China’s politically sensitive trade surplus expanded to US$31.48 billion last month, as exports rose by a fifth to hit a new record high, the customs agency said yesterday.
The trade surplus — a major point of tension for China’s key trade partners, the US and Europe — was well in excess of June’s US$22.27 billion.
Analysts said the figures, which also outstripped a Dow Jones forecast of US$26.00 billion based on a poll of economists, would add further pressure on Beijing to allow the yuan to appreciate.
China’s major trading partners have long complained that the yuan is deliberately undervalued to give Chinese exporters an unfair advantage.
“The expansion of China’s structural surplus will certainly add more pressure for RMB [yuan] appreciation,” said Alistair Thornton, a Beijing-based China analyst at IHS Global Insight. “Both a weakening dollar and a softening inflation outlook in China will allow authorities to step up the pace of nominal appreciation against the [US] dollar.”
Exports were up 20.4 percent year-on-year to US$175.13 billion — a fresh monthly record — while imports rose by 22.9 percent, the customs agency said on its Web site.
Thornton said last month’s export rebound was partly due to seasonal factors and reflected demand for Christmas-season orders overseas.
“Given that most orders for the next few months have already been placed, it is unlikely that the drastic downward shift in global sentiment will have too big an impact on exports through the short run,” he said. “Nonetheless ... the recent market turmoil will certainly feed into the data towards the end of the year.”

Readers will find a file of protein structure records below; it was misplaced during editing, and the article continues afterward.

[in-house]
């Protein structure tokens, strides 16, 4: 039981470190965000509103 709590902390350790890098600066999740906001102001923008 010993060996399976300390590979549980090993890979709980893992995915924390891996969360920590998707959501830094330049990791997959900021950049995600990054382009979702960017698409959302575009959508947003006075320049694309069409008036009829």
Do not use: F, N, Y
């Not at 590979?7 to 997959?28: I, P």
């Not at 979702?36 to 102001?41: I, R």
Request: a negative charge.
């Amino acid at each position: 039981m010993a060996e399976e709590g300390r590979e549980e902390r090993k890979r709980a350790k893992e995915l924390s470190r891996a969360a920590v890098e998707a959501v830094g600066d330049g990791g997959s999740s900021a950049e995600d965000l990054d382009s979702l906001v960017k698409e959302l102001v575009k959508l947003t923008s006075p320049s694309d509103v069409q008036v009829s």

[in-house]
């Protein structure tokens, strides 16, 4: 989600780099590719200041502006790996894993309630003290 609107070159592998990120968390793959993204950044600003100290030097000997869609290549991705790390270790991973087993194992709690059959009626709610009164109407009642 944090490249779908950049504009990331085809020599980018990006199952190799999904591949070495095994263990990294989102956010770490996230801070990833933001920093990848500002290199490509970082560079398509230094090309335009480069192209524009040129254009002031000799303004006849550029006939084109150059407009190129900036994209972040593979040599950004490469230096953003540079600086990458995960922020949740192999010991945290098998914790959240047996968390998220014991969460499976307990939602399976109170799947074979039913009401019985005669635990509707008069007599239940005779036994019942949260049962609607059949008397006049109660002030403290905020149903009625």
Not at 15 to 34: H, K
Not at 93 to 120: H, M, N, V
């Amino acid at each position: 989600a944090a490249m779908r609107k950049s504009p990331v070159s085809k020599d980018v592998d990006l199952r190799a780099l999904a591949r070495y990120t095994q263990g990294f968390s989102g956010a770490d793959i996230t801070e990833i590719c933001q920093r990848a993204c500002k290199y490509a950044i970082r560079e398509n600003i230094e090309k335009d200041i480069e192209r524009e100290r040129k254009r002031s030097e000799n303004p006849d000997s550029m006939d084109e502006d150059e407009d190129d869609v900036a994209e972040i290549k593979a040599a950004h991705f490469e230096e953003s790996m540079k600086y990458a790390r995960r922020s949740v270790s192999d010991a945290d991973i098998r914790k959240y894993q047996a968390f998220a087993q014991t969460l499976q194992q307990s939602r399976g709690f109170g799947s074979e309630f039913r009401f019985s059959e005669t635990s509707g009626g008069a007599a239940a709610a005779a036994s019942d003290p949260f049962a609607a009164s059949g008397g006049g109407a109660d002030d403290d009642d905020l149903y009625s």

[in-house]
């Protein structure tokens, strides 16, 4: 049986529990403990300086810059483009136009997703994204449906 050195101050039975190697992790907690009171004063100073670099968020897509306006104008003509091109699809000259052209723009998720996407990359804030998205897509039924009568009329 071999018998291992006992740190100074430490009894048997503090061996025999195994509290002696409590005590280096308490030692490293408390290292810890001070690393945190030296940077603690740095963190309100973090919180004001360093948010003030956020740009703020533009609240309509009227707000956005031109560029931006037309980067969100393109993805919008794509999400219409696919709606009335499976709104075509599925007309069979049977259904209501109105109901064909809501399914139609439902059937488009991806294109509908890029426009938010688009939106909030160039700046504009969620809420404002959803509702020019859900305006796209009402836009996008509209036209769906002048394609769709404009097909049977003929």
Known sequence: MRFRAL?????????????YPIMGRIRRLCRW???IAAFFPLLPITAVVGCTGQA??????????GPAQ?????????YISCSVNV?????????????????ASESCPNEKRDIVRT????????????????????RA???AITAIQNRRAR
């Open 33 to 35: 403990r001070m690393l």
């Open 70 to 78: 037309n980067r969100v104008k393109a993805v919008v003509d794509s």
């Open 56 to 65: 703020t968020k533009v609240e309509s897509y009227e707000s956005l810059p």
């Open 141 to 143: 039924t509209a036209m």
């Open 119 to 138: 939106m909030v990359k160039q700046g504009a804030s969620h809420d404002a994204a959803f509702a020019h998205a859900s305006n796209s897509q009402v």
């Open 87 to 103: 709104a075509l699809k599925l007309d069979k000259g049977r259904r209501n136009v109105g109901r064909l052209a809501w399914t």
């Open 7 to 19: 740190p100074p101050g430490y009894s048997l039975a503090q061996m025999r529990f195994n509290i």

The surge in exports came despite manufacturing activity in China contracting for the first time in a year last month due to Beijing’s efforts to slow the economy and weakening overseas demand, according to HSBC data.
However, some experts said consumer confidence in the US and Europe was likely to hit China’s exports in the coming months.
“The data is slightly above expectations with the wider trade surplus,” said Tang Yunfei (唐雲飛), Beijing-based economist with Founder Securities (方正證券). “But given the situation in the US and eurozone, consumer confidence there is likely to slide in coming months and negatively impact the exports.”
“However, if China takes effective countermeasures, such as more pro-growth policies, maybe it will drive the recovery of confidence globally,” Tang added.
An unprecedented US rating downgrade last week and the ongoing debt crises in the US and Europe have sparked fears of a fresh global recession.
China’s trade surpluses have allowed it to accumulate around US$3.2 trillion worth of foreign exchange reserves, nearly US$1.2 trillion of which are in US Treasury bonds.